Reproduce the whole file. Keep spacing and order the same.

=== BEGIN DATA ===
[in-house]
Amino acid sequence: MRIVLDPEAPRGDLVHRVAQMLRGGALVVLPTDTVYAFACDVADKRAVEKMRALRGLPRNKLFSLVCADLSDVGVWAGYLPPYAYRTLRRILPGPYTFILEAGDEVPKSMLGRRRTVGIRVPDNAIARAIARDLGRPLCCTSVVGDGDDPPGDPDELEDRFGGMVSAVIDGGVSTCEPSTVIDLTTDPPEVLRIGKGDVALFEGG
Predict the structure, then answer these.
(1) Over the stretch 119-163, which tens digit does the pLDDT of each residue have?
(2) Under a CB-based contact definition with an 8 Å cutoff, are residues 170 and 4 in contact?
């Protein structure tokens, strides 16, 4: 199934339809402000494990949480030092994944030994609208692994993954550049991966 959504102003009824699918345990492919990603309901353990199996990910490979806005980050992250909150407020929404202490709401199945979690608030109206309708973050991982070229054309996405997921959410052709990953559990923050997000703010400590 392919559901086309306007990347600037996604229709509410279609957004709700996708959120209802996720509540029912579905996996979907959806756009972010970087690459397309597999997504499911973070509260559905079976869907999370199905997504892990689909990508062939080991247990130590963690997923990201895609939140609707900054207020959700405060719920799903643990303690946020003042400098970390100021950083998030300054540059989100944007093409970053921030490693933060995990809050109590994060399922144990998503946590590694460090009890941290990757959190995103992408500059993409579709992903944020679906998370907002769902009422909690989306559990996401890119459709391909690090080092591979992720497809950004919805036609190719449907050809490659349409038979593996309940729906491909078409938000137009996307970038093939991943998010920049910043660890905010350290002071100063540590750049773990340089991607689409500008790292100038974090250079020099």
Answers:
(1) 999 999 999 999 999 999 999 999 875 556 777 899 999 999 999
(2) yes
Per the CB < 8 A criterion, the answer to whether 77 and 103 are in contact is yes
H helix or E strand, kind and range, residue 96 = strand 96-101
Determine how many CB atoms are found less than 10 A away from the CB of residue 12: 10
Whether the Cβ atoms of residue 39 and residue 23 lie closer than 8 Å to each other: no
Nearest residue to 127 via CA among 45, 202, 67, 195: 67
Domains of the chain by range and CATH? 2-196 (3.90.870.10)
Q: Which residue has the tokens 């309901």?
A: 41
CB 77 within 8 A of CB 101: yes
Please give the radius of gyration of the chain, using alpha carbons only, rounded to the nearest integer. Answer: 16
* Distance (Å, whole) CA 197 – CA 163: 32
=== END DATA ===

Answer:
[in-house]
Amino acid sequence: MRIVLDPEAPRGDLVHRVAQMLRGGALVVLPTDTVYAFACDVADKRAVEKMRALRGLPRNKLFSLVCADLSDVGVWAGYLPPYAYRTLRRILPGPYTFILEAGDEVPKSMLGRRRTVGIRVPDNAIARAIARDLGRPLCCTSVVGDGDDPPGDPDELEDRFGGMVSAVIDGGVSTCEPSTVIDLTTDPPEVLRIGKGDVALFEGG
Predict the structure, then answer these.
(1) Over the stretch 119-163, which tens digit does the pLDDT of each residue have?
(2) Under a CB-based contact definition with an 8 Å cutoff, are residues 170 and 4 in contact?
């Protein structure tokens, strides 16, 4: 199934339809402000494990949480030092994944030994609208692994993954550049991966 959504102003009824699918345990492919990603309901353990199996990910490979806005980050992250909150407020929404202490709401199945979690608030109206309708973050991982070229054309996405997921959410052709990953559990923050997000703010400590 392919559901086309306007990347600037996604229709509410279609957004709700996708959120209802996720509540029912579905996996979907959806756009972010970087690459397309597999997504499911973070509260559905079976869907999370199905997504892990689909990508062939080991247990130590963690997923990201895609939140609707900054207020959700405060719920799903643990303690946020003042400098970390100021950083998030300054540059989100944007093409970053921030490693933060995990809050109590994060399922144990998503946590590694460090009890941290990757959190995103992408500059993409579709992903944020679906998370907002769902009422909690989306559990996401890119459709391909690090080092591979992720497809950004919805036609190719449907050809490659349409038979593996309940729906491909078409938000137009996307970038093939991943998010920049910043660890905010350290002071100063540590750049773990340089991607689409500008790292100038974090250079020099």
Answers:
(1) 999 999 999 999 999 999 999 999 875 556 777 899 999 999 999
(2) yes
Per the CB < 8 A criterion, the answer to whether 77 and 103 are in contact is yes
H helix or E strand, kind and range, residue 96 = strand 96-101
Determine how many CB atoms are found less than 10 A away from the CB of residue 12: 10
Whether the Cβ atoms of residue 39 and residue 23 lie closer than 8 Å to each other: no
Nearest residue to 127 via CA among 45, 202, 67, 195: 67
Domains of the chain by range and CATH? 2-196 (3.90.870.10)
Q: Which residue has the tokens 């309901």?
A: 41
CB 77 within 8 A of CB 101: yes
Please give the radius of gyration of the chain, using alpha carbons only, rounded to the nearest integer. Answer: 16
* Distance (Å, whole) CA 197 – CA 163: 32